- A clean, durable, food grade ziplock plastic bag (To make a hole, snip off a small corner about 2-3mm)
Did you get the key word? HOLES…the more the better! The last suggestion is probably the best because ziplock bags are available everywhere so now there's no reason for you not to try out this recipe!
Matcha Cendol and Faux Red Ruby Dessert
Serves : 4
Matcha Cendol “Noodles”
½ cup rice flour
½ cup mung/green bean flour
2 tablespoons matcha powder
3 cups water*
3-4 cups soybean milk
1. Before you start, prepare a basin of ice water. You will need to press the cooked flour mixture straight into this mixture to solidify it into cendol.
2. Mix all the above ingredients together and cook on low heat until mixture thickens, stirring constantly to prevent burning.
3. Fill mixture into the equipment* you're using (see post above). Press dough down with a spoon or squeeze, dropping the mixture into the ice water. Work fast as the mixture solidifies quite quickly!
4. When the cendol mixture has all been squeezed into the ice water, keep cendol in the fridge together with the ice water until ready to use. Use a slotted spoon or sieve to scoop cendol out.
5. Reserve soybean milk for the dessert assembly.
* You can substitute the water with pandan juice: Just blend 1 cup loosely packed pandan leaves - washed, snipped with scissors - with 3 cups water and strain to get the pandan juice. If fresh pandan juice is not available, just use 2 teaspoons green pandan paste/essence with 3 cups of water.
Palm sugar ice cubes
150g palm sugar
2 tablespoons caster sugar
Place palm sugar, caster sugar and water in a saucepan and boil until sugar has melted. Continue to simmer for 2-3 minutes until syrupy. Let the mixture cool in pan to room temperature, then pour into ice cube trays and place in the freezer until frozen solid.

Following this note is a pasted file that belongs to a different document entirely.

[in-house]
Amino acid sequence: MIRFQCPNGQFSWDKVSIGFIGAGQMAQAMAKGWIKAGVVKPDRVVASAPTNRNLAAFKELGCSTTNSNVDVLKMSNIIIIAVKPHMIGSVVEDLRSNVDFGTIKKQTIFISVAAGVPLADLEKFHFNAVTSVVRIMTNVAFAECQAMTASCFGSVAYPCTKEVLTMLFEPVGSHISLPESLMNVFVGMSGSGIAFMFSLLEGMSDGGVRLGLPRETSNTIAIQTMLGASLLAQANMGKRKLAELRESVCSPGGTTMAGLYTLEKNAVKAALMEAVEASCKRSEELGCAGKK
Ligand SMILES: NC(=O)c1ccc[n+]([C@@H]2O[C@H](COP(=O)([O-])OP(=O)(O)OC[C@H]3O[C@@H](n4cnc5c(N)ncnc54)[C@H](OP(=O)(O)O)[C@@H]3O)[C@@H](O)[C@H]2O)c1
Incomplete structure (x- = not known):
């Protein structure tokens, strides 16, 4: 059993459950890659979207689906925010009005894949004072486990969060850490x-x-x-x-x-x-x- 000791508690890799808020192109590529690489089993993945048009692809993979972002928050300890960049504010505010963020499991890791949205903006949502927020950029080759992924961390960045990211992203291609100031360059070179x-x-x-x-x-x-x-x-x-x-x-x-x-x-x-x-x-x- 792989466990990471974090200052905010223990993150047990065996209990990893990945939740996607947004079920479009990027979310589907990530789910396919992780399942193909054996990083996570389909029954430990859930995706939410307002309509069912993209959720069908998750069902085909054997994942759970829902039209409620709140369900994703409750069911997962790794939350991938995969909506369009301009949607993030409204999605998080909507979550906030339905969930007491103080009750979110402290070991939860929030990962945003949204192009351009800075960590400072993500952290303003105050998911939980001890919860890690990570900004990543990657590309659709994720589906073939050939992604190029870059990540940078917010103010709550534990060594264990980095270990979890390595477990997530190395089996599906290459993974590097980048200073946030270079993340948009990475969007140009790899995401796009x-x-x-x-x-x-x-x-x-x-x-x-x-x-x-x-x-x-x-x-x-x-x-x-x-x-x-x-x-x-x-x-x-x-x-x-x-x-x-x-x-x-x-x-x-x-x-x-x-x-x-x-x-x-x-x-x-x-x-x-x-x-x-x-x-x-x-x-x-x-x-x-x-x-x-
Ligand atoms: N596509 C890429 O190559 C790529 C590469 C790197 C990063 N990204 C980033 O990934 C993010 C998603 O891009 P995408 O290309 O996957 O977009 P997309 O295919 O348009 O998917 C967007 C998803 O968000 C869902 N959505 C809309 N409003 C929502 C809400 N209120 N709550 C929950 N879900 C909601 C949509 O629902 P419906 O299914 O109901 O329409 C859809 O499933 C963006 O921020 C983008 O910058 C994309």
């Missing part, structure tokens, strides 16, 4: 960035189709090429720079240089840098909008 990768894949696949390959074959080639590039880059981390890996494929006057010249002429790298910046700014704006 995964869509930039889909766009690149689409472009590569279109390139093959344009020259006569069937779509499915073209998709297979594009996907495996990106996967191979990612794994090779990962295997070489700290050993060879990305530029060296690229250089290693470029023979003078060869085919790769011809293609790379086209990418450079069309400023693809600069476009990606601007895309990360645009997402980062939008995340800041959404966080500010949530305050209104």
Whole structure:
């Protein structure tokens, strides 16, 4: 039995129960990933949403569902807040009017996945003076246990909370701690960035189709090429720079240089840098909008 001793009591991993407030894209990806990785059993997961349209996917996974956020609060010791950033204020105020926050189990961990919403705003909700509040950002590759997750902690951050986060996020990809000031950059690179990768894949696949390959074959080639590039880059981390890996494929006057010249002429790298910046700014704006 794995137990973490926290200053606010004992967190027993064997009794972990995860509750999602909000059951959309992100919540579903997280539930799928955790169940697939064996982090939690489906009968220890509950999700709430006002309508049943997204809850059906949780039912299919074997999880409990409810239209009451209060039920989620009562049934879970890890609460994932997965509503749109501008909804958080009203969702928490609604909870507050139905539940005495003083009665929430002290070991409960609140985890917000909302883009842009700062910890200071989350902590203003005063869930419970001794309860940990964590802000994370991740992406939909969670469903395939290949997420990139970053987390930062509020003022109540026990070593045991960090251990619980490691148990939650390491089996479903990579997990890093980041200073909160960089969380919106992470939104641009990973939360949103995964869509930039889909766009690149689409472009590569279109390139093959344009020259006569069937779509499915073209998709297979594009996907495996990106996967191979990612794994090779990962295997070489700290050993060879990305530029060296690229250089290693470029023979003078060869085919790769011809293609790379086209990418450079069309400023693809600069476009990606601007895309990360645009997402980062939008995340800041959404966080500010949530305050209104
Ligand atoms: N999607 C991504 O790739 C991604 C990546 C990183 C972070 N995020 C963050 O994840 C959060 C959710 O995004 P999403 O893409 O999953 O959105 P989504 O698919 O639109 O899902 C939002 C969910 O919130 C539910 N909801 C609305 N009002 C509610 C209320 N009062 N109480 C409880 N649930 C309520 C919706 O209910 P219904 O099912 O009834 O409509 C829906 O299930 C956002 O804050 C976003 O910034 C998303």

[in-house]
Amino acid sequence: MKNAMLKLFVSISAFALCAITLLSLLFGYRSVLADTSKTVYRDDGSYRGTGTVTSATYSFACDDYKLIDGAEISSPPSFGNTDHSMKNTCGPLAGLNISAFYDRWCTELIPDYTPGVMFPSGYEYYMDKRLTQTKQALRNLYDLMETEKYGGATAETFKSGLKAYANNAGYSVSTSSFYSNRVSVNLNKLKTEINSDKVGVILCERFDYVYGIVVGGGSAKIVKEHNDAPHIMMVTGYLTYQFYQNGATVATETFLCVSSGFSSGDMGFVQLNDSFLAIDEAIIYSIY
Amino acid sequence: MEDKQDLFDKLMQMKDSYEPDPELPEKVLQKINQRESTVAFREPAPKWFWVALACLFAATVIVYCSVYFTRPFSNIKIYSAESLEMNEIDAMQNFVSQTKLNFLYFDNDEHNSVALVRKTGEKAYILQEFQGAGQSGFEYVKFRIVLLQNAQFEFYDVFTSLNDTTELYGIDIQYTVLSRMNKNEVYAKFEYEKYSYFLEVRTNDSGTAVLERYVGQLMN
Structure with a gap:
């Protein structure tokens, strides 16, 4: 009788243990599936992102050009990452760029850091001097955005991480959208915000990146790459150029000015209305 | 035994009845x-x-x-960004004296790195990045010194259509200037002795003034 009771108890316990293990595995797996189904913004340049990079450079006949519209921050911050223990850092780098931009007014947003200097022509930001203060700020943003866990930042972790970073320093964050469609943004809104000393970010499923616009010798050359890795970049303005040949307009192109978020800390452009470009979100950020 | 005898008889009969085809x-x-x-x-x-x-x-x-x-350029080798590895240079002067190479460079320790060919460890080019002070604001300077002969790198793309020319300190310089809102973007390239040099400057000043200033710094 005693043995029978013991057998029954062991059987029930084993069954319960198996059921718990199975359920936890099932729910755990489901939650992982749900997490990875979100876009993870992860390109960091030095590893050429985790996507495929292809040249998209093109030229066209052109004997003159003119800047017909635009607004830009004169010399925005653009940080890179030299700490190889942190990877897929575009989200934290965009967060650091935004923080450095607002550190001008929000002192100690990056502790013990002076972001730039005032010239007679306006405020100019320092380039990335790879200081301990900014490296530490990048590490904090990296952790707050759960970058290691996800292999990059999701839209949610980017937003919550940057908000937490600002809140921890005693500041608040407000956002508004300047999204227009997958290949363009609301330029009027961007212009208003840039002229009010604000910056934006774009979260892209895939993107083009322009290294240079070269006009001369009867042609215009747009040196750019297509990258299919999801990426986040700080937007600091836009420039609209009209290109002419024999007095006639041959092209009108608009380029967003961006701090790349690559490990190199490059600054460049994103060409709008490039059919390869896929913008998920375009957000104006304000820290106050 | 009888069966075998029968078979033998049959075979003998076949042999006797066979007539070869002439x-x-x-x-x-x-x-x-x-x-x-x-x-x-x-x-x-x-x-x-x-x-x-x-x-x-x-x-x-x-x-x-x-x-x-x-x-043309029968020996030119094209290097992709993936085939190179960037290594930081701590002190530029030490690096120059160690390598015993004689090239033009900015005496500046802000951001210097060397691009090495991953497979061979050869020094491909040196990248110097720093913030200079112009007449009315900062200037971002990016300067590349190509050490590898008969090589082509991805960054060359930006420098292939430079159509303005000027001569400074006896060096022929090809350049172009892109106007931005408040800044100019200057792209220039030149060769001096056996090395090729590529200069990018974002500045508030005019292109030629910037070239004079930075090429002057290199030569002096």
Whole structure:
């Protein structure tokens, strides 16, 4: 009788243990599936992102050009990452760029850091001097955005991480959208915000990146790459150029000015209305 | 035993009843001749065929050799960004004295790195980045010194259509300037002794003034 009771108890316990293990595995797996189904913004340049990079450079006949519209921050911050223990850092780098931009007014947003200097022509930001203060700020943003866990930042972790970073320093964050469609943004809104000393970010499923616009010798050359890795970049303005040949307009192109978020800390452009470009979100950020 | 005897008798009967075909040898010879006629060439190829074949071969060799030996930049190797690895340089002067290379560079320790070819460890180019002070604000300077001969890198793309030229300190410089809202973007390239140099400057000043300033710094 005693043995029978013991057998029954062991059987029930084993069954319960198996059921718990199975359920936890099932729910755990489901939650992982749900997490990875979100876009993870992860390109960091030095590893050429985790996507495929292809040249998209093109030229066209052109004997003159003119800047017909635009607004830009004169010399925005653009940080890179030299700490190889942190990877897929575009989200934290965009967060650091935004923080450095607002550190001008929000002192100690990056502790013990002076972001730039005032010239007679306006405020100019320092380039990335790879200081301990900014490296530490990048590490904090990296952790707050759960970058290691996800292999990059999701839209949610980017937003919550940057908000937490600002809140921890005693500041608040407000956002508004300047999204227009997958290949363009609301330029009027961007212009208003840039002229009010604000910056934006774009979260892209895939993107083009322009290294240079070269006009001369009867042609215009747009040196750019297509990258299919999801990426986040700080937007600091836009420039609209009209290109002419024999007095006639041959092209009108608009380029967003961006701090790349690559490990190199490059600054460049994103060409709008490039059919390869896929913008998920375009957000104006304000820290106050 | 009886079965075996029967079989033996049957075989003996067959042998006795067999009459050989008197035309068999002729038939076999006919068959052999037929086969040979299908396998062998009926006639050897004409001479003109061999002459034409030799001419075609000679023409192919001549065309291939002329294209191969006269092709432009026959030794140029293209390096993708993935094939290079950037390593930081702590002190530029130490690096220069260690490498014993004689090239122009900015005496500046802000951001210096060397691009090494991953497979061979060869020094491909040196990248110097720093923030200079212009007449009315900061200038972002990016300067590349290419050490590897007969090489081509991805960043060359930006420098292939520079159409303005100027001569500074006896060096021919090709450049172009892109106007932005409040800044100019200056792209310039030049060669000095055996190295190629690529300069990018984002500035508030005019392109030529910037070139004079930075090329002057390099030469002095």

Coconut Milk Ice Cubes
500ml coconut milk
Pinch of salt
Simply add the salt to the coconut milk and stir until dissolved. Warm mixture in a pan on low heat, if necessary, them cool. Pour mixture into ice cube trays and place in the freezer until frozen solid.
Faux Red Ruby
1 cup chopped pear (pea-sized)
1 cup tapioca flour
5 drops red food coloring (or 1/2 cup beetroot juice)
1. Place pear pieces into a bowl and add red food coloring, mix well and leave to soak for 5 minutes.
2. Next, turn the pear pieces into 'rubies' - Spoon tapioca flour into a ziplock bag and add the pears. Shake well to coat the fruit pieces, leaving them in the bag until required. Remember to shake off excess flour using a sieve before cooking.
3. Bring a large pan of water to a rolling boil and add half the pears at a time. Stir to separate while cooking, it should be ready when the flour coating becomes translucent and the pear pieces float to the surface (2 minutes).
4. Scoop out rubies with a strainer and place into a basin of ice cold water. Drain and add to the final dessert.
Planning and assembling dessert
1. Make the Palm Sugar and Coconut Milk Ice Cubes a day ahead. On the day of serving, make the Matcha Cendol first, then the Red Ruby.
2. To assemble, you would need soy bean milk as a liquid base. Pour about 1/3 to 1/2 cup soy milk into each bowl, add the strained Matcha Chendol and Ruby Reds and dump in the ice cubes (a piece each of coconut milk and palm sugar, or to individual taste). Serve immediately.